NEW CONSTRUCTION: How to build my own Green Monster!
SOFTBALL FIELD RENOVATION: What kind of mix? How do I raise the
field level 4 inches?
BASEBALL TURF: How to grow grass when it is cold out
IN THIS ISSUE:
red clay... stained socks... Where do I get that stuff?
to level your field? Here are five ways to fix it.
Turning clay based fill dirt into a decent infield mix
How to get more MONEY for your projects!
On Building Your Very Own GREEN MONSTER!
been taking care of a my baseball field now for the last 4 years
and my next idea is to build a green monster in left field.
Any ideas? Mike in Minnesota.
I’ve seen two variations
on high school baseball fields of something like a green monster.
These are placed in odd shaped fields where right or left is closer
I know of
a field with a 12 foot high plywood fence
in left field. It is plywood on a steel frame of square
pipes welded together and cemented to anchor them in the ground.
There is some upkeep required with plywood sheets that warp or
pull away from the frame. This is very imposing to visiting teams
when they see this huge fence in left. It is 310 down the line
in left and 340 in left center to this fence. It takes a good
hit to get it out.
And then there
is the baseball field with a very shallow right field. This park
used telephone poles and netting that goes up about 45
feet in right field. The poles are about 25 feet apart
and sunk deep into the ground. They use netting between the poles.
Something like you see at a golf course driving range. This is
really pretty interesting to see. You’d think lefties hit
a lot of homeruns here. But no. It is usually a righty who swings
late and pops one over for a 250 foot homer.
like a green monster makes your field unique and gives it character.
Everyone will remember it.
A Softball Field - What Kind of Mix and How to Do It Right?
a high school softball field. I need to know how to add 4
inches of dirt mix to a current softball field to raise the level.
What should I do first with the current field that I am adding the
4 iches too - till or nothing? And what kind of mix should
I use? Dan in Oregon.
ever you add so much dirt to raise a ball field several inches it
is always best to loosen the existing surface and moisten it first.
This helps the new dirt bond with the old.
Raising a softball
field 4 inches requires at least 40 tons. So, first moisten and
drag the existing field. It is also best to level it out first.
Fill in any low spots around the bases, pitcher plate, or home plate.
Then add and spread your new dirt.
school softball can be quite competitive. And competitive softball
fields are usually harder and firmer than what you would have for
a high school baseball field.
So, you want
more clay on a softball field. Up to 70 percent of the mix should
be clay. The rest can be sand.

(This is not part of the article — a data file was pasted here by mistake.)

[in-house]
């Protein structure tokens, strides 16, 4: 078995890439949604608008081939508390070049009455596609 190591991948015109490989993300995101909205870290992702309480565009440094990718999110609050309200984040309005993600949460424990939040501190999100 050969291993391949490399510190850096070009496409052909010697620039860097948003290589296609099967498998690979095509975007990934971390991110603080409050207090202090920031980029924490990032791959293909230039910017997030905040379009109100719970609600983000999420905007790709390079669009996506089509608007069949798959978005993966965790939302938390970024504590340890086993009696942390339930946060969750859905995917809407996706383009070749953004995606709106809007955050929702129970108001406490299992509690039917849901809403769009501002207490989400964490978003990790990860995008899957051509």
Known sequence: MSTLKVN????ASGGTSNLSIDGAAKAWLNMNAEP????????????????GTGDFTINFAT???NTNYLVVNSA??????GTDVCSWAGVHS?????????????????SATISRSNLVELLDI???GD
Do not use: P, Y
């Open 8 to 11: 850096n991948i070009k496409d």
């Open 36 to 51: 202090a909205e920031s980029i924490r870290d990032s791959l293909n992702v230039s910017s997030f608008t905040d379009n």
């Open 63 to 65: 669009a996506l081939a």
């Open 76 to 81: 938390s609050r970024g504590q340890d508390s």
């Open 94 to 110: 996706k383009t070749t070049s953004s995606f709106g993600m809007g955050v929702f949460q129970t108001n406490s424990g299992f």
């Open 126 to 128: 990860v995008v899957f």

is that these hard and firm fields don’t absorb water well.
Unless you have a slight slope – one to two percent –
the water just puddles and can take a while to evaporate and absorb
in. The very slight slope helps drain the water off to the side
or to the outfield grass. If you don’t have the slope just
right, then a very good tool to invest in is a large push squeegee.
I use this on one of the softball fields near me in the morning
to push the night rain water off. By afternoon the girls can play.
And if you want
to really get into it since you are building a new field, put French
drains under your infield draining the water out to center field.
You might also till, spike drag, level, and roll the softball field
when the season starts.
Check out this
study project to improve the dirt playing surface on a softball
Grass Early When It Is Still Cold Out? Yes!
a high school baseball field that never had a grass infield. I
want to install grass. I plan on tilling the infield next week
and plant the northern seed mix that you recommend with the fertilizer
to follow afterward. Then I plan on laying straw and saturate
with water and cover with 6 mil black plastic. I will check to
make sure that the straw will remain wet. My question is will
this be enough to germinate my seed and get it started ? I live
on the western side of West Virginia. Gene.
Bluegrass and rye grass germinate best with temperatures
over 50 degrees F during sunny days. If the night temperatures
go into the mid to low 40s then germination will be slow. Also,
if the area stays too wet and cold, the seed could rot. Bad.
after tilling, drag and roll flat. Do you have irrigation installed
also? Do you have a quick coupler water source behind your mound?
If not, this is the time to put one in. You will be glad you did.
– my experience is spread it out thin. Too much and the
Re: black plastic – I suppose you are doing this to heat
up the ground to help with germination. Just like in a garden,
this works to get the ground warmed up, but after the seedlings
sprout, remove the plastic or the seedlings could die.
you want a grass baseball infield that is playable by mid to late
February when the season starts? Yes? You might want to consider
it several times several weeks apart. Something like early
Jan, late Jan, and mid February. I do this in N. CA to get the
most from the periods of warmer rains between the cold clear days.
I see the weather forecast for Charleston, if you are close to
that area, indicates some warmer days with rain and some freezing
days with light snow. So, planting right now is pushing it a bit.
In mid December
I seeded a 150 square foot area between 2B and the mound. I put
down a soil and compost mix, rolled it flat, spread seed rather
thick (I wasn’t sure how much if any would germinate this
time of year) and then I spread some more of the soil mixture
on top – just enough to cover the seed. We had three days
of light rain followed by 5 days with a high temp of 53 and a
low of 42. After two weeks, the area had little grasses all over
that were about half an inch tall. The key to this working was
that we had day time temperatures in the 50s and had some light
rain for a couple days after I put out the seed.
to Tighten The Turf and Find Deep Red Clay to Stain My Socks!
I want to tighten the turf and I was thinking of using some
colonial bent grass. What do you think about using this? And